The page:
The Jersey City school system has been state-operated since 1989, but according to the recently released school report cards, the district’s per-pupil costs are still above the state average, and high school graduation rates declined.
Jersey City received on Wednesday its school district report card for the 2007-2008 school year from the state’s Department of Education. It presents 35 areas of information on test scores and salaries for each school, as well as district-wide.
Jersey City currently has 38 schools including six high schools, five middle schools, one special-education school, and 26 elementary schools. The district contains 27,986 students and 3,312 teachers, which comes out to an 8.4 to 1 student-teacher ratio, better than the 10.5 to 1 state average.
The district is known for having one of the top ranking high schools in the country in the magnet school known as McNair Academic High School on Coles Street. However, the other five high schools generally perform below state averages.
The school system was taken over by the state Department of Education in 1989 because it failed to meet state standards in such categories such as student performance on state standardized tests and school attendance. The district has been steadily coming out of that designation since then.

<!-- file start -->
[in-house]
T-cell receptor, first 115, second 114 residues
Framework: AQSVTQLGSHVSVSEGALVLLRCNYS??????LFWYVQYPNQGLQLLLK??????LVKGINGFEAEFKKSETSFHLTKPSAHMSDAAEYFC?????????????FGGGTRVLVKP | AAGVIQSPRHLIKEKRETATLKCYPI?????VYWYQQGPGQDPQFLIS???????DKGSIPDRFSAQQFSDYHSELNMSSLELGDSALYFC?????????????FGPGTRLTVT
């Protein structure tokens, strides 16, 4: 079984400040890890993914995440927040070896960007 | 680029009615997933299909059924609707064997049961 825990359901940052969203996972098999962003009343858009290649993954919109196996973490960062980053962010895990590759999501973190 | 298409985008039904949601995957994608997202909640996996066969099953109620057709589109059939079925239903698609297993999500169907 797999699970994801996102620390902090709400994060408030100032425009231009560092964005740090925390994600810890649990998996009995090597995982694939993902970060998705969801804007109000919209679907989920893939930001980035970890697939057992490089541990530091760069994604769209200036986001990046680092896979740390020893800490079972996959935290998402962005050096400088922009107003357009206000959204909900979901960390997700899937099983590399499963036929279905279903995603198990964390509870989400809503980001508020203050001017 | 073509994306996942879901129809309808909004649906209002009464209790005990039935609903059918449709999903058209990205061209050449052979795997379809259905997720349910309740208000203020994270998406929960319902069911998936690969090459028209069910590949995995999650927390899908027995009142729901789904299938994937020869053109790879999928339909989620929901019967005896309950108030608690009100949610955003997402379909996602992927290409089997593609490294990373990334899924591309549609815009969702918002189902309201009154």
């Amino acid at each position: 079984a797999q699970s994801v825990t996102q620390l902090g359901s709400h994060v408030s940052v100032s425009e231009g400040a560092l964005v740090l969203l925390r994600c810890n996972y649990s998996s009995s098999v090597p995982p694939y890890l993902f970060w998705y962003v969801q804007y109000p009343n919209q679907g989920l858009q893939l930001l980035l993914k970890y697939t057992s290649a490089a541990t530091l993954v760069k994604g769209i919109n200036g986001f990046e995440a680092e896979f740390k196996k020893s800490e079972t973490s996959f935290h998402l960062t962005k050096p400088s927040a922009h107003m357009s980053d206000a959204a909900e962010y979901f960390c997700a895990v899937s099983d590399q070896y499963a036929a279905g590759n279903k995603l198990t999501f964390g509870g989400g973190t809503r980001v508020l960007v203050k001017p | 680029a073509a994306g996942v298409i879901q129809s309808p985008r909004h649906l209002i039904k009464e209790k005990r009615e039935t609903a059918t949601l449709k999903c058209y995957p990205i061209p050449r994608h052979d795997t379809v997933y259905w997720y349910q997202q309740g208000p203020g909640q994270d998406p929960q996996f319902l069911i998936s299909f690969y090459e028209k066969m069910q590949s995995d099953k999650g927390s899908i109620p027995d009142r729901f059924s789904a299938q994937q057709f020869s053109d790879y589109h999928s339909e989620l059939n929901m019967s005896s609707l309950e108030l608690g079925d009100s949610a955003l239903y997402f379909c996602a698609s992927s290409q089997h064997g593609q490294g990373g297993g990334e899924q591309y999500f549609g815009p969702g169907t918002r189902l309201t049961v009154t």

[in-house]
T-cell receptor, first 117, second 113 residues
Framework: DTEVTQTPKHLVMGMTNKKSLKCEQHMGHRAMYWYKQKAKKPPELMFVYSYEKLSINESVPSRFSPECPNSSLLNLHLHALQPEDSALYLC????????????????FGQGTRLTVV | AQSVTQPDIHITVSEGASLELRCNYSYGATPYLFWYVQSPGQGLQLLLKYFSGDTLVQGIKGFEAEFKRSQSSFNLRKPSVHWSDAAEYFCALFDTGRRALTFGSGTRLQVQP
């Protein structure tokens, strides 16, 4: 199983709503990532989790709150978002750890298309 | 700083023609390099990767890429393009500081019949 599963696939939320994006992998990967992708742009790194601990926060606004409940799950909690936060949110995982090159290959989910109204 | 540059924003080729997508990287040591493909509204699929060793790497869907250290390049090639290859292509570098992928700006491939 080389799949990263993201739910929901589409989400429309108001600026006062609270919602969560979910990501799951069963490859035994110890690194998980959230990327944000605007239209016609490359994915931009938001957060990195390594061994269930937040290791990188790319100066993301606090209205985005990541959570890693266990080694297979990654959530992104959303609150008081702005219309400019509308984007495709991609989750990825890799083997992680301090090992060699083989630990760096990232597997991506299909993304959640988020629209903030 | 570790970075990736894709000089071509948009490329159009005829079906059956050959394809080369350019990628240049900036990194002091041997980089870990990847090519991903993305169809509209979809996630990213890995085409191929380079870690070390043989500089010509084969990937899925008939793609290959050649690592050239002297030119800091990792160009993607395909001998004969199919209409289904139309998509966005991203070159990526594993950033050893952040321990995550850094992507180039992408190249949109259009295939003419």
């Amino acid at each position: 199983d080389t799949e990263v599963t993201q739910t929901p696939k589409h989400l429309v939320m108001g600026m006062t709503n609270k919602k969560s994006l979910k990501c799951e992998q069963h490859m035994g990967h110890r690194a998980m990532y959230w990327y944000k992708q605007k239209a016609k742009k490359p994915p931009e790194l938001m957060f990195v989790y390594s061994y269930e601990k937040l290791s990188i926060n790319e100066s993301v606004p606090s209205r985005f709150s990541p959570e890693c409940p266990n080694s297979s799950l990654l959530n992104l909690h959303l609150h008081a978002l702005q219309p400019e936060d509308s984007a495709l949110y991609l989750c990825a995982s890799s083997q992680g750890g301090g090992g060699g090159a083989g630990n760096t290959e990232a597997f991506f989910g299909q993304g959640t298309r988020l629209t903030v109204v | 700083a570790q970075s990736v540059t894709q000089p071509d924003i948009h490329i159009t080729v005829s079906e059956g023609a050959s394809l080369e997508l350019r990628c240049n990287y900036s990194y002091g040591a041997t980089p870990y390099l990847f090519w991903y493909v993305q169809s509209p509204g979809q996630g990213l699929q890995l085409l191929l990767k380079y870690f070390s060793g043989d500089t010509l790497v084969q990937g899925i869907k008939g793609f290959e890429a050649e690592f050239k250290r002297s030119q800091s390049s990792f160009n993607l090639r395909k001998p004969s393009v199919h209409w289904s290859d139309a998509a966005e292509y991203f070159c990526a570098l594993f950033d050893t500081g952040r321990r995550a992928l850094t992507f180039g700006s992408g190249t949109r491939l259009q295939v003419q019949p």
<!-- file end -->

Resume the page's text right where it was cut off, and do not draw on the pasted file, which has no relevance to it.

The district receives a majority of funding for its current $627.4 million budget from state aid rather than through the city.
One of the facts that the report card pointed out was that during the 2007-2008 school year, the cost per pupil was $16,124, while the state average was $14,359.
Also, the average administrator in the Jersey City school system earned $121,882, about $10,000 more than the state average of $111,311. Teachers’ average salary was $53,930, a few thousand dollars less than the state median of $57,242.
Last year, the district graduated 74 percent of its senior year students, which is lower compared to the 2006-2007 school year, in which 78.1 percent graduated from high school.
Testing more stringent
New Jersey students take state standardized tests in March called NJASK (New Jersey Assessment of Skills and Knowledge) in grades 3-8 in mathematics and language arts.
In grade eight, they also take the GEPA Science Exam. They take the HSPA in grade 11 in order to graduate from high school.
There were mixed results for Jersey City students taking the tests in March of 2008.
Students taking the language arts test for grades 5, 6 and 7 did much worse than the year before.
31.9 percent of fifth-graders tested proficient (or passing), a 40-point drop from the year before. 29.6 percent of sixth-graders passed, a 20-point drop while 47.1 percent of seventh-graders passed, which was a 10-point drop.
Showing marked improvement were fourth-graders taking the language arts exam, with 68.4 percent tested proficient in language arts, up 6 points from the year before. Also, 59.8 percent of eighth-graders in language arts were proficient, an 8-point hike. In the science exam, 63.6 percent were proficient, a 7-point upswing.
But the larger reality is the percentage of Jersey City students in all grades tested found to be proficient still fell below the state average.
Michael Littlejohn, the director of testing for the Jersey City school district, said while the school district has “decreased the achievement gap” when it comes to the state exams in the past five years, they still need to restructure schools who have done poorly in testing and bring in “coaches.”